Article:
The hedgerow cranesbill presents its delicate pink flowers in summer. This is how planting and caring for this ground-cover plant is successful.
Profile of hedgerow cranesbill:
Scientific name: Geranium endressii
Plant family: geranium family (Geraniaceae)
Other names: Endres cranesbill, French crane’s-bill
Sowing time: spring
Planting time: spring
Flowering period: June to September
Location: sunny to partially shady
Soil quality: sandy to loamy, lime-tolerant, nutrient rich, humus rich
These information are for temperate climate!
Use in: flowerbeds, groundcover, overgrowing, area greening, borders, cottage garden, flower garden, natural garden, forest garden
Winter hardiness: hardy, USDA Plant Hardiness Zones: 5 (-26 °C / -15 °F)
Bee and insect friendly: Yes
Plant characteristics and classification of hedgerow cranesbill
Plant order, origin and occurrence of hedgerow cranesbill
The hedgerow cranesbill (Geranium endressii) is originally from the western half of the Pyrenees. The pretty perennial from the geranium family (Geraniaceae) is mainly found in France, hence why it is also called French crane’s-bill. Geranium endressii is also often sold under the botanical name Geranium x oxonianum – although this is a cross between the species and Geranium versicolor.
Characteristics of hedgerow cranesbill
Geranium endressii spreads with elongated rhizomes on or just below the surface of the earth. With its low lying stems the ground cover plant reaches a height between 25 and 50 centimeters (10 and 20 in).
The basal leaves of the hedgerow cranesbill are partially evergreen and divided into five pointed sections almost to the base.
From June to September, the hedgerow cranesbill opens its funnel-shaped flowers, which are often visited by bees and other insects. They shine in pink or salmon pink and often have a silvery sheen. The veining in the upper part of the petals is somewhat darker and net-like. With increasing age the flowers of Geranium endressii darken even further. A pruning after the first bloom usually causes a second blooming.
After flowering, hedgerow cranesbill forms schizocarp fruits. Excessive self-seeding can be prevented by pruning, if desired.
Hedgerow cranesbill – cultivation and care
If you are looking for a suitable location for the hedgerow cranesbill, you have the choice: It thrives in both sunny and partially shady places.
Important for hedgerow cranesbill is a moderately dry to fresh soil, which should be as permeable and nutrient-rich as possible.
Like most other cranesbill species, the Endres cranesbill is best planted in spring. Note that Geranium endressii can grow to a width of between 30 and 40 centimeters (12 to 16 in). Per square meter (10 sq ft) you can plan about eleven plants.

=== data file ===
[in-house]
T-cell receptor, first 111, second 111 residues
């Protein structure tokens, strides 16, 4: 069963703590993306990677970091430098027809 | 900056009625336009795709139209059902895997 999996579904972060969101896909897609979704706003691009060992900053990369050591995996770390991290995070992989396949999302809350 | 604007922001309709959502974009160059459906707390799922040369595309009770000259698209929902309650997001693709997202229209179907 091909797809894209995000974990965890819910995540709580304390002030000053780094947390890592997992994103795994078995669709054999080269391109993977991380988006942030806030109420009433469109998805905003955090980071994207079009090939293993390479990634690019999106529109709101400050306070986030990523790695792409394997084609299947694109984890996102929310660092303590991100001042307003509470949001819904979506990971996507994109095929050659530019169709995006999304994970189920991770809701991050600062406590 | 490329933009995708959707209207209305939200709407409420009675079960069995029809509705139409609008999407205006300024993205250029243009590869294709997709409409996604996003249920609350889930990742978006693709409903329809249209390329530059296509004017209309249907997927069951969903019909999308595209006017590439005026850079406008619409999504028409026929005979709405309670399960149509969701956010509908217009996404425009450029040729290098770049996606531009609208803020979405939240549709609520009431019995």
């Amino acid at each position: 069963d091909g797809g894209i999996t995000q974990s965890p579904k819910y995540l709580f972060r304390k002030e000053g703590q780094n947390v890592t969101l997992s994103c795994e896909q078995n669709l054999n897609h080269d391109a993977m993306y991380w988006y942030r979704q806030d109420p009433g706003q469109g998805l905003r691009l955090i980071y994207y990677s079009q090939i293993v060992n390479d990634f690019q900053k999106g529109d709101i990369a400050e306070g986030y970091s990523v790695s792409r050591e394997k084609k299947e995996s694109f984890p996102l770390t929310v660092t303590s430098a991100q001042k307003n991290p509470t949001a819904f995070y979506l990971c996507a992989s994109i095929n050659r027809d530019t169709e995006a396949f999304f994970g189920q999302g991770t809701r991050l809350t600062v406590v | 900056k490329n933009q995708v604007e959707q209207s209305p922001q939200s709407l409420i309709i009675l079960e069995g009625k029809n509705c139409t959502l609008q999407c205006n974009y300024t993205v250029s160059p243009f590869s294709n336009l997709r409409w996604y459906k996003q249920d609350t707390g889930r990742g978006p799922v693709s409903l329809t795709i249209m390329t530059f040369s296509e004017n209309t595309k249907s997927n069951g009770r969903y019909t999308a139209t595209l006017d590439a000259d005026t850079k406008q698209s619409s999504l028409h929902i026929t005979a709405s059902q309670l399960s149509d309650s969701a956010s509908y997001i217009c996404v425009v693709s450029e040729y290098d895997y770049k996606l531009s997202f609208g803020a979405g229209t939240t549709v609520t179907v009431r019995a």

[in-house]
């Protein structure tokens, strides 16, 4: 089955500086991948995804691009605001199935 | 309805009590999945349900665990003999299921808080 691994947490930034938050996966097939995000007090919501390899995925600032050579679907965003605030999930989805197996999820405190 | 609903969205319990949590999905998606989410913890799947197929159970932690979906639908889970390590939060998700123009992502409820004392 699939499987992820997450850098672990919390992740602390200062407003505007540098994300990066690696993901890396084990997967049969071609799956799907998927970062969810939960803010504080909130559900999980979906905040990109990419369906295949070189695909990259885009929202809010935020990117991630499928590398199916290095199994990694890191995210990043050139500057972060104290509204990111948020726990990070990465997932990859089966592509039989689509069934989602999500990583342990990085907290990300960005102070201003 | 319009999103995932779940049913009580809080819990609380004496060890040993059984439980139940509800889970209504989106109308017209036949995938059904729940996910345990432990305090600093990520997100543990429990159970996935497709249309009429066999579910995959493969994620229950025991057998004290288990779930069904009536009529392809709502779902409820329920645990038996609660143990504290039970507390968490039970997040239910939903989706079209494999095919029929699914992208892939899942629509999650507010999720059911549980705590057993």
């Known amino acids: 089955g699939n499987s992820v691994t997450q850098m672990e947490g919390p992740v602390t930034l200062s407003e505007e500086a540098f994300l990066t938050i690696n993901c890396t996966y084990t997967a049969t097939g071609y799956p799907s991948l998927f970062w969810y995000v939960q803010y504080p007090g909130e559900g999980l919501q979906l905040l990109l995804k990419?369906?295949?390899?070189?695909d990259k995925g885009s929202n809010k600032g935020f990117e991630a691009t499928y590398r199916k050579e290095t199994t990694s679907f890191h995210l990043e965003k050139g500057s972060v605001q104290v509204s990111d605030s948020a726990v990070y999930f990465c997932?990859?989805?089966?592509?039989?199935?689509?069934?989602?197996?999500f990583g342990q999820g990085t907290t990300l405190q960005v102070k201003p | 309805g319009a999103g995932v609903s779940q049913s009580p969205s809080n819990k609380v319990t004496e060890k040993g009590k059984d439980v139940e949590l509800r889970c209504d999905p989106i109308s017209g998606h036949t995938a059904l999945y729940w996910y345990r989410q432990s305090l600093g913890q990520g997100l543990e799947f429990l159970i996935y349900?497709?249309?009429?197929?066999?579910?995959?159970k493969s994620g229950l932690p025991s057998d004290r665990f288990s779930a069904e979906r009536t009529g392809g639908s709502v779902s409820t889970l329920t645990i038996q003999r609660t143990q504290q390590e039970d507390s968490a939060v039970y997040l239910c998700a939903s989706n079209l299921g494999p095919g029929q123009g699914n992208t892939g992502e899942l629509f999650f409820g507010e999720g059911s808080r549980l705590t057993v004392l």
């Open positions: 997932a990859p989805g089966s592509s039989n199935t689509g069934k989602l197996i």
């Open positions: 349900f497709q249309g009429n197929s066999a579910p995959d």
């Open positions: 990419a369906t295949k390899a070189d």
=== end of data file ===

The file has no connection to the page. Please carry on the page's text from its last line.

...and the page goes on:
Care / Watering / Fertilization / Pruning
The care measures for the hedgerow cranesbill are relatively straightforward. Freshly planted specimens should be well watered on warm, sunny days. In spring, a dose of compost is recommended for fertilizing. If you cut back the ground cover completely after flowering, it will also grow fresh and compact.
A division of the long-lived perennials is not absolutely necessary, but is possible without any problems. The best time for this is spring.
The propagation of the hedgerow cranesbill usually succeeds even hobby gardeners without problems. The plant is best propagated using cuttings from rhizomes. For this purpose, the rhizome pieces are cut diagonally and put into a small pot with growing soil. One can also propagate it by sowing. For this simply collect some seeds and sow them in spring.
Diseases and pests
In general, the hedgerow cranesbill is considered extremely robust. It is avoided by snails, but occasionally rust fungi or powdery mildew can occur.
Due to the flat lying rhizomes the species is only limited hardy. Especially in case of bald frost it is advisable to provide it with winter and sun protection.
Use in the garden
As an undemanding ground cover, the hedgerow cranesbill is wonderfully suited for larger open spaces, the edge of a wood and larger borders. It can be combined well with many drought tolerant wild shrubs, such as common bugloss (Anchusa officinalis) or Carthusian pink.
From Geranium endressii there are some interesting varieties that can be used in many ways. These are mostly crosses with Geranium versicolor. The selections are often also assigned to Geranium x oxonianum.
- Beholder’s Eye’: bright pink to magenta pink flowers, 45 (18 in) centimeters high
- Betty Catchpole’: dark pink flowers with weak veins, 40 (16 in) centimeters high
- Castle Drogo’: salmon pink flowers, about 45 (18 in) centimeters high
- Wargrave Pink’: intense salmon pink, delicate, 30 centimeters (12 in) high